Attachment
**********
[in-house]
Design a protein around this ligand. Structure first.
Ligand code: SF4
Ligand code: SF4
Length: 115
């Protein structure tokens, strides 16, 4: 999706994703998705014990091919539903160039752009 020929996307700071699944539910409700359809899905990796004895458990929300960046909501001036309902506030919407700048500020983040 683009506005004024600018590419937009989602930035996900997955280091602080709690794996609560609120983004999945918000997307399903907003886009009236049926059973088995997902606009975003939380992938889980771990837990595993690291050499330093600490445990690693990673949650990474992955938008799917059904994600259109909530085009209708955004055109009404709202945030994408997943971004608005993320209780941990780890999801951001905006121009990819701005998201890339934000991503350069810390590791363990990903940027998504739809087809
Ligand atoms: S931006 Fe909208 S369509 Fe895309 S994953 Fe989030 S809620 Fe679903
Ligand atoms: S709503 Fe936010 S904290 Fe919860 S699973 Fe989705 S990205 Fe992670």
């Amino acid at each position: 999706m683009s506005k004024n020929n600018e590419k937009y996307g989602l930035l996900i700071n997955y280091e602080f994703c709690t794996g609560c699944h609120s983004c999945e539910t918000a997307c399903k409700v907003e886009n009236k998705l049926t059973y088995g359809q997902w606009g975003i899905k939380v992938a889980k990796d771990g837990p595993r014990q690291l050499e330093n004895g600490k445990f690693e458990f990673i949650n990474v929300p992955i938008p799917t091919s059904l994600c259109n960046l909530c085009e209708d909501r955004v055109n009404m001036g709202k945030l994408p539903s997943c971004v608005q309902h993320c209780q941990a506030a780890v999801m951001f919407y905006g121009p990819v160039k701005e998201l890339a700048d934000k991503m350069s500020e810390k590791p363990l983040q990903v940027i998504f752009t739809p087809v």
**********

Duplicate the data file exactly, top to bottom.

[in-house]
Design a protein around this ligand. Structure first.
Ligand code: SF4
Ligand code: SF4
Length: 115
């Protein structure tokens, strides 16, 4: 999706994703998705014990091919539903160039752009 020929996307700071699944539910409700359809899905990796004895458990929300960046909501001036309902506030919407700048500020983040 683009506005004024600018590419937009989602930035996900997955280091602080709690794996609560609120983004999945918000997307399903907003886009009236049926059973088995997902606009975003939380992938889980771990837990595993690291050499330093600490445990690693990673949650990474992955938008799917059904994600259109909530085009209708955004055109009404709202945030994408997943971004608005993320209780941990780890999801951001905006121009990819701005998201890339934000991503350069810390590791363990990903940027998504739809087809
Ligand atoms: S931006 Fe909208 S369509 Fe895309 S994953 Fe989030 S809620 Fe679903
Ligand atoms: S709503 Fe936010 S904290 Fe919860 S699973 Fe989705 S990205 Fe992670």
């Amino acid at each position: 999706m683009s506005k004024n020929n600018e590419k937009y996307g989602l930035l996900i700071n997955y280091e602080f994703c709690t794996g609560c699944h609120s983004c999945e539910t918000a997307c399903k409700v907003e886009n009236k998705l049926t059973y088995g359809q997902w606009g975003i899905k939380v992938a889980k990796d771990g837990p595993r014990q690291l050499e330093n004895g600490k445990f690693e458990f990673i949650n990474v929300p992955i938008p799917t091919s059904l994600c259109n960046l909530c085009e209708d909501r955004v055109n009404m001036g709202k945030l994408p539903s997943c971004v608005q309902h993320c209780q941990a506030a780890v999801m951001f919407y905006g121009p990819v160039k701005e998201l890339a700048d934000k991503m350069s500020e810390k590791p363990l983040q990903v940027i998504f752009t739809p087809v």